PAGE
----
UN to establish medical centre in Aden to treat coronavirus patients

By Nabil Abdullah al-Tamimi in Aden


A mask-clad youth sells masks on a street in Yemen's city of Aden on May 17th, amid fears that coronavirus is spreading unhindered in the Yemeni city. Deaths in Aden have surged to five or even seven times higher than normal, an NGO and medics say. [Nabil Hasan/AFP]

A UN team arrived in Aden Thursday (May 28th) to establish an integrated medical unit to fight the novel coronavirus (COVID-19) pandemic.

Following co-ordination with UN organisations and the government's appeals to the international community to support Yemen's dilapidated health sector, the preliminary team of experts will start planning for the establishment of a 100-bed medical unit, Yemeni Minister of Health and Population Nasser Baum said.

The UN Development Programme (UNDP) has contracted with Aspen Medical, a global provider of emergency health care solutions, to establish the unit, which includes an intensive care unit to treat coronavirus cases, he said.

The Ministry of Health in Aden will place all medical facilities at the medical team's disposal to enable it to perform its tasks, Baum said.

He stressed the government's commitment to provide "all support and assistance to UN and regional organisations in implementing programmes in Yemen".

The number of coronavirus infections in Yemen has reached 323 cases, including 80 deaths, as of June 1st, according to the supreme emergency committee for combatting COVID-19.

Flailing health sector

Yemen's health sector needs concerted efforts by the international community and UN organisations to help it tackle the coronavirus outbreak, said emergency committee spokeswoman Eshraq al-Sebai.

"Despite some interventions by [UN] organisations and the help they have provided to the health sector, it is still unable to cope with the increasing number of confirmed cases," she told Al-Mashareq.

"The numbers do not even accurately reflect the extent of the spread of the virus as its symptoms are similar to the febrile diseases that are prevalent in Aden and some other southern provinces," she said.

The official number of confirmed infections "reflects only the number of patients who came to isolation centres and were tested, as only those who show symptoms are tested", said al-Sebai.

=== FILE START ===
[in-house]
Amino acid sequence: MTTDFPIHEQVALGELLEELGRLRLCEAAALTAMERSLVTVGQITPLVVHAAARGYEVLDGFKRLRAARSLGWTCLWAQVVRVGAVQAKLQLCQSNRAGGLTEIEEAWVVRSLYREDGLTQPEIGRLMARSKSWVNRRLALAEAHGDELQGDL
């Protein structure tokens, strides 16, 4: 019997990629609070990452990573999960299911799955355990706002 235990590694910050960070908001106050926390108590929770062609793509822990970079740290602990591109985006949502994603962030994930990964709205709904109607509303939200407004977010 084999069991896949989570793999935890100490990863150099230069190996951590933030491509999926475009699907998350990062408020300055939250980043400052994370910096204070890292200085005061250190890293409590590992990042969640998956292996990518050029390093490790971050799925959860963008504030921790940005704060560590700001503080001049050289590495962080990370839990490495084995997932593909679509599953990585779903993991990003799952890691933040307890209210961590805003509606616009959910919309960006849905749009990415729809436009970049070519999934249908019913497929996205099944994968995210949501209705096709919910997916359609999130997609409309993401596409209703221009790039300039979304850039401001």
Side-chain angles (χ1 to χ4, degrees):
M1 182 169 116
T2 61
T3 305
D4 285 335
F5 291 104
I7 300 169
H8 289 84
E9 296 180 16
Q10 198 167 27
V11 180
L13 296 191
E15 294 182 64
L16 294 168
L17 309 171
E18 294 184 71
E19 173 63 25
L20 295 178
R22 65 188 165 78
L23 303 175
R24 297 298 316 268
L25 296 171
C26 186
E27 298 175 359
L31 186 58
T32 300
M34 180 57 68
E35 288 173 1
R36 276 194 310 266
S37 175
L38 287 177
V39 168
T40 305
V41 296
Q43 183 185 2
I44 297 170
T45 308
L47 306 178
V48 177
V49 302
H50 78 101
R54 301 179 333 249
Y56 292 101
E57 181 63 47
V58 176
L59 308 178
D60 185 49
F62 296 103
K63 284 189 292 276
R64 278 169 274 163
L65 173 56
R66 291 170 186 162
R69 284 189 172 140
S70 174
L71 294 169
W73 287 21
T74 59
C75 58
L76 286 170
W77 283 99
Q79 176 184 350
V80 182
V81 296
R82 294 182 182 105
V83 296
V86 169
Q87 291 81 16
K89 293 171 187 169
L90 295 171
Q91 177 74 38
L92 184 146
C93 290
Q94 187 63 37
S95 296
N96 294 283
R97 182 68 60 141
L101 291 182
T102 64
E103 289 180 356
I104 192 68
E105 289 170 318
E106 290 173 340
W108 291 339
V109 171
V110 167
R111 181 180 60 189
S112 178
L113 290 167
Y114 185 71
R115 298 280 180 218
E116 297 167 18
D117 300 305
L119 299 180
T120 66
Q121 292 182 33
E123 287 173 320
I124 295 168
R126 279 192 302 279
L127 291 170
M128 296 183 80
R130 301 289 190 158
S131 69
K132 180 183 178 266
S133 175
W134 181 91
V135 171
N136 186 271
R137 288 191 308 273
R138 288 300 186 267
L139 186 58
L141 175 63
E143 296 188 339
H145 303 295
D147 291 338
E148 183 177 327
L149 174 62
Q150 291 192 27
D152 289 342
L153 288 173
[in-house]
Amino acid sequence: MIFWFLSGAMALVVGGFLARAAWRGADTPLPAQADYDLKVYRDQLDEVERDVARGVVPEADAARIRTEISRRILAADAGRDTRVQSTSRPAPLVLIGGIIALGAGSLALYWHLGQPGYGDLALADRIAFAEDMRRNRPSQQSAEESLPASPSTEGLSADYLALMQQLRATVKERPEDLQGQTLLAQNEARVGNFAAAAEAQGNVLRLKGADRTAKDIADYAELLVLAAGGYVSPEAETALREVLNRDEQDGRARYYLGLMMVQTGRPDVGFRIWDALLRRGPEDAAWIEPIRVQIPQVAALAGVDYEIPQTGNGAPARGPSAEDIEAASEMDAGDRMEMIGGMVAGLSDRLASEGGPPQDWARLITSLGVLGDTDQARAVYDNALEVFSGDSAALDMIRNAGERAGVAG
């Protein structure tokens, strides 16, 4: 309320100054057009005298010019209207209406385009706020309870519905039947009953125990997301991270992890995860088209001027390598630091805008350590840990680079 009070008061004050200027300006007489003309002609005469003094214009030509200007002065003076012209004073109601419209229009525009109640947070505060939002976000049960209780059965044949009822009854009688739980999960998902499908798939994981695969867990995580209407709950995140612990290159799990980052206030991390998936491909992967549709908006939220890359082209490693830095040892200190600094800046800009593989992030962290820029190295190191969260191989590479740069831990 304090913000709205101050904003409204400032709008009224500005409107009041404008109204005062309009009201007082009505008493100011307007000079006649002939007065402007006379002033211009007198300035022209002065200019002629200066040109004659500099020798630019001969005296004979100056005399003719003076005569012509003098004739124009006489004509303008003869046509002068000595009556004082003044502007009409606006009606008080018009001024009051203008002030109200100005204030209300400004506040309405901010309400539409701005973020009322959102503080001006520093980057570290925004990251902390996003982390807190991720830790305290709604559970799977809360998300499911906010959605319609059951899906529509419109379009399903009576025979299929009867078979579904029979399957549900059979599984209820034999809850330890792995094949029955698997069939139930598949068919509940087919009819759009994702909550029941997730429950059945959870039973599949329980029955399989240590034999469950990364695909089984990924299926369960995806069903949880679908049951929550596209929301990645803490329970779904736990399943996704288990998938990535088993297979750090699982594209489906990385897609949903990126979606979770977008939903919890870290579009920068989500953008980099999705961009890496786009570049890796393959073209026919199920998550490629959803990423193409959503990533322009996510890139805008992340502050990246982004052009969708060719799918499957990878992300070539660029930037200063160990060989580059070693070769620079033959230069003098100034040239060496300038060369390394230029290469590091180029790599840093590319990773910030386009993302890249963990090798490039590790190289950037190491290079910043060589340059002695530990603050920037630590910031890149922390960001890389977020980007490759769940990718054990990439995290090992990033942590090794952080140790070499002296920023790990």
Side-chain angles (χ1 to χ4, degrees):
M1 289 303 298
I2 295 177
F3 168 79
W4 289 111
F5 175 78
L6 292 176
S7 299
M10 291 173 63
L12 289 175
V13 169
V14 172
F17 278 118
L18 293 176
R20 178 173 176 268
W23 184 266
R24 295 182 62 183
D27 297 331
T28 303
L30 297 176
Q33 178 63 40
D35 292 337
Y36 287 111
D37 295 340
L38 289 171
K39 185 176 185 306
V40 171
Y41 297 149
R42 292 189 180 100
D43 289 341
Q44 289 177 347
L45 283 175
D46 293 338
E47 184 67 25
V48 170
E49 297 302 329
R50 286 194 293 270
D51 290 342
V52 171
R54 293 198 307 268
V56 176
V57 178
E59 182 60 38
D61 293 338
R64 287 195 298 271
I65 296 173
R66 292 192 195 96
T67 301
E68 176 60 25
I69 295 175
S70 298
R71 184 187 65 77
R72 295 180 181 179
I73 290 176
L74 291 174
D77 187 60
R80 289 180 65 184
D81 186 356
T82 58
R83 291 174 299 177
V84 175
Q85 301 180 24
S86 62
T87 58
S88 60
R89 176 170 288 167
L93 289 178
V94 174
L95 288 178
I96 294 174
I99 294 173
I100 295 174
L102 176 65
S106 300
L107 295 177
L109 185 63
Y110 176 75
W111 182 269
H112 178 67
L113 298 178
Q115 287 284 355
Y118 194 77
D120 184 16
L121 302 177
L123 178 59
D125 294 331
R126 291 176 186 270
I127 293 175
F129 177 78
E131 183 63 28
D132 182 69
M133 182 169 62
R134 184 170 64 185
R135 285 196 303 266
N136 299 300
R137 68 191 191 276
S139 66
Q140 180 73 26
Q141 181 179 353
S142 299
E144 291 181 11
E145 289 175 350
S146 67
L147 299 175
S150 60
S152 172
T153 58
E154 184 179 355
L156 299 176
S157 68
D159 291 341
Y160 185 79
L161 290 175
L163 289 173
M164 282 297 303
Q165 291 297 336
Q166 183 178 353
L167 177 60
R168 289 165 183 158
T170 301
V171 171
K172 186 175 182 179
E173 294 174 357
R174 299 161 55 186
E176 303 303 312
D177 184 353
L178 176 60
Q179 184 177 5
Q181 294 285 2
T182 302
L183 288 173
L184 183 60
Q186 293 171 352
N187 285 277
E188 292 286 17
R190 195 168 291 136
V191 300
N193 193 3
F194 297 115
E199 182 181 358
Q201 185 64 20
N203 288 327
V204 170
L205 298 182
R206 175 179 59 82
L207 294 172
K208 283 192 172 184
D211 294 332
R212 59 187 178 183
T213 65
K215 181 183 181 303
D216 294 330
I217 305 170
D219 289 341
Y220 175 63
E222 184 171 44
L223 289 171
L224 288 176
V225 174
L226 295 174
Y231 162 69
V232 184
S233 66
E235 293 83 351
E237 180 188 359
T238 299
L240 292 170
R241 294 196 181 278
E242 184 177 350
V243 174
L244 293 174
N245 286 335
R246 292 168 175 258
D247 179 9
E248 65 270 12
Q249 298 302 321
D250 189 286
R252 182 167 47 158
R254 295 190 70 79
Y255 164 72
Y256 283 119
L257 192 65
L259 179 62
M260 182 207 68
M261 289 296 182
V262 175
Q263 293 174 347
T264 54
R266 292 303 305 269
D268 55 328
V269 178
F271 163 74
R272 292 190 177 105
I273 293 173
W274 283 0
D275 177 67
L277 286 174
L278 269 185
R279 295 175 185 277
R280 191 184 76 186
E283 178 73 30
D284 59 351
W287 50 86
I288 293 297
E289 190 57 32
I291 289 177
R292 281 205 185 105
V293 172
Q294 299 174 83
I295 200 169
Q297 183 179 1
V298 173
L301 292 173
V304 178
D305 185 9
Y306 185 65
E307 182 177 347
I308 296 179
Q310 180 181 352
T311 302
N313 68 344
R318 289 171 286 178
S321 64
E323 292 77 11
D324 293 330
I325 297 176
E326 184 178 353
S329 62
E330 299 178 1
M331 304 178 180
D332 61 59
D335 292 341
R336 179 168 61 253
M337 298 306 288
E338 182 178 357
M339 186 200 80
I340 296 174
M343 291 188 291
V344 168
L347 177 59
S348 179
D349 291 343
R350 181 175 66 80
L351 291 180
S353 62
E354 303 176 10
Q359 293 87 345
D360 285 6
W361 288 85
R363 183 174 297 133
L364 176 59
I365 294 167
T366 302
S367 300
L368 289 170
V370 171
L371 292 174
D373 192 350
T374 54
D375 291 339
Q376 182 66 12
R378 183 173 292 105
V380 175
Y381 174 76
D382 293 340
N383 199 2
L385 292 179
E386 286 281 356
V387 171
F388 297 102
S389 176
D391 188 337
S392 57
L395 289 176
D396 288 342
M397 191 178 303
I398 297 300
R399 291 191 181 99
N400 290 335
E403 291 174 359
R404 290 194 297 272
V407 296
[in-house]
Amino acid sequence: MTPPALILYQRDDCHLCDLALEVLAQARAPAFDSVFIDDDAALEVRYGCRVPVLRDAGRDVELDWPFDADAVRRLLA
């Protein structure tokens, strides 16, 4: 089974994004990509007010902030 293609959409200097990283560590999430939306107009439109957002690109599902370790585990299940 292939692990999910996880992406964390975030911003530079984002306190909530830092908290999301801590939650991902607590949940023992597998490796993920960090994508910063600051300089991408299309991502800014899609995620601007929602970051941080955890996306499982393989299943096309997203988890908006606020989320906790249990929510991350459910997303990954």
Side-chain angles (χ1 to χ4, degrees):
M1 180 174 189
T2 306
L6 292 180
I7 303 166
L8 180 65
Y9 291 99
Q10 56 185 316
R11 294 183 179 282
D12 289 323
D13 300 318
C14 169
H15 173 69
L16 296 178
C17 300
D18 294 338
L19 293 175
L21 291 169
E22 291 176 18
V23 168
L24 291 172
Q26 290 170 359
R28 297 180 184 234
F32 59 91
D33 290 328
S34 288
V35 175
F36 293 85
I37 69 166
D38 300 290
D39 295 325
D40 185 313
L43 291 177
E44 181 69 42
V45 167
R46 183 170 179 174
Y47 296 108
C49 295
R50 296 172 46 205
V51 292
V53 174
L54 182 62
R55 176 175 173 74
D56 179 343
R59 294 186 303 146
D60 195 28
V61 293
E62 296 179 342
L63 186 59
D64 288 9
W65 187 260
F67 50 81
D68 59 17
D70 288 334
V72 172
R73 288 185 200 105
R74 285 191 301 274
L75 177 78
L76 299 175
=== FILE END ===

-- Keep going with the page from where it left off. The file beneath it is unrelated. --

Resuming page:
"There are not enough health isolation centres and the number of test kits is insufficient," she added.

The daily number of coronavirus deaths in Aden is "high, and once we test all those who died we will be able to determine how catastrophic the situation is and the true extent of the outbreak", she said.

"The situation is bleaker in Houthi-controlled areas," she said, as the Houthis have been accused of concealing the extent of the spread in those areas.

"This will lead to a health catastrophe because they are not treating the matter seriously," she added.

Prevention is crucial

The Ministry of Health is exerting efforts to fight the pandemic in co-operation with the World Health Organisation (WHO) and other organisations, she said.

"But this is not enough, and citizens must adhere to social distancing measures because prevention is better than treatment, especially as there is no treatment for those infected with this virus," al-Sebai said.

"The death toll in Aden is high and there are no capabilities to test for the cause of death in all those fatalities, which topped 1,000 in the month of May," said Mohammed Rubeid, deputy general manager of the Health and Population Office in Aden.

"In the event that testing capabilities become available and investigations are conducted, we will be able to ascertain the cause [of death], be it the coronavirus or other febrile diseases, and take measures to reduce the number of deaths," he said.

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